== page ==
The information age has enabled significant improvements to the transparency of government, to the efficiency of administration and to the availability of centrally managed services. These benefits come with new risks and vulnerabilities, and as governments and institutions transfer more services online they create opportunities for malign cyber activity that must be secured.
The modes of attack can vary, but all target the trusted two-way flow of information between citizens and institutions, a critical dependency for good governance. As a result, in recent years we have seen the reality, or even the threat, of interference with election systems and government databases cause major problems for even the world’s most institutionally robust and established democracies.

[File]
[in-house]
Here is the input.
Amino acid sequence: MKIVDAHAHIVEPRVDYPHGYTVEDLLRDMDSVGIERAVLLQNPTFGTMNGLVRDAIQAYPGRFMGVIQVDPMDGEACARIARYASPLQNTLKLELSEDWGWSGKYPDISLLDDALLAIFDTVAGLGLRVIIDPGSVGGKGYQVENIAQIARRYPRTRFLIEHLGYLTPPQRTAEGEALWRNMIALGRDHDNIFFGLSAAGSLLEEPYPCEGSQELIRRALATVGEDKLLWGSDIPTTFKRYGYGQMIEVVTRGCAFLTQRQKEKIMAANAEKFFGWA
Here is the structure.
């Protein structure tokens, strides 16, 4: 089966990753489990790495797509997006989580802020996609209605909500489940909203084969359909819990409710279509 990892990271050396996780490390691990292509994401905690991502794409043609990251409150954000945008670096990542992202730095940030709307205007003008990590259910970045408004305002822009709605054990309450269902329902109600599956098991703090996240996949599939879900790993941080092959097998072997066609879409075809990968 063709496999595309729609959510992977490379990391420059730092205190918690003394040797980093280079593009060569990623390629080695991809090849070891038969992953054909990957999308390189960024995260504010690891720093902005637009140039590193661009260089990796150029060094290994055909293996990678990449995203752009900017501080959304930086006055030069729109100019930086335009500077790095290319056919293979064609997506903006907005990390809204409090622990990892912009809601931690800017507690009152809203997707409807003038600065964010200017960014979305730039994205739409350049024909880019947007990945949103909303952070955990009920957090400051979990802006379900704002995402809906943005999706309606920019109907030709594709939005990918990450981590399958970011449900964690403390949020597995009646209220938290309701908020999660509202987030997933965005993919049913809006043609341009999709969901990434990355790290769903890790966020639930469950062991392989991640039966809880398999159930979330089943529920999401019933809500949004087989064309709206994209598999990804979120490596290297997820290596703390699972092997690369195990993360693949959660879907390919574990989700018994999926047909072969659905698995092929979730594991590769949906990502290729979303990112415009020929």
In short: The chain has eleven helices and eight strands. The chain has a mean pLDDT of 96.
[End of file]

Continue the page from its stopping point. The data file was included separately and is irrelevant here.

Due to the highly interconnected nature of information systems, a nation needs to have a comprehensive cyber security strategy in order to secure itself against such threats, one that is backed up by institutions with the people, processes and technologies needed to act on them. Here we set out some of the steps we recommend countries take in order to bolster their cyber defences.
Cyber Resilience and Democracy
As countries joust for competitive advantage, the terrain has now moved beyond the traditional battlefield.
Here, Bertie Kerr considers the wider strategic context as clashing doctrines, approaches and values richochet across cyberspace.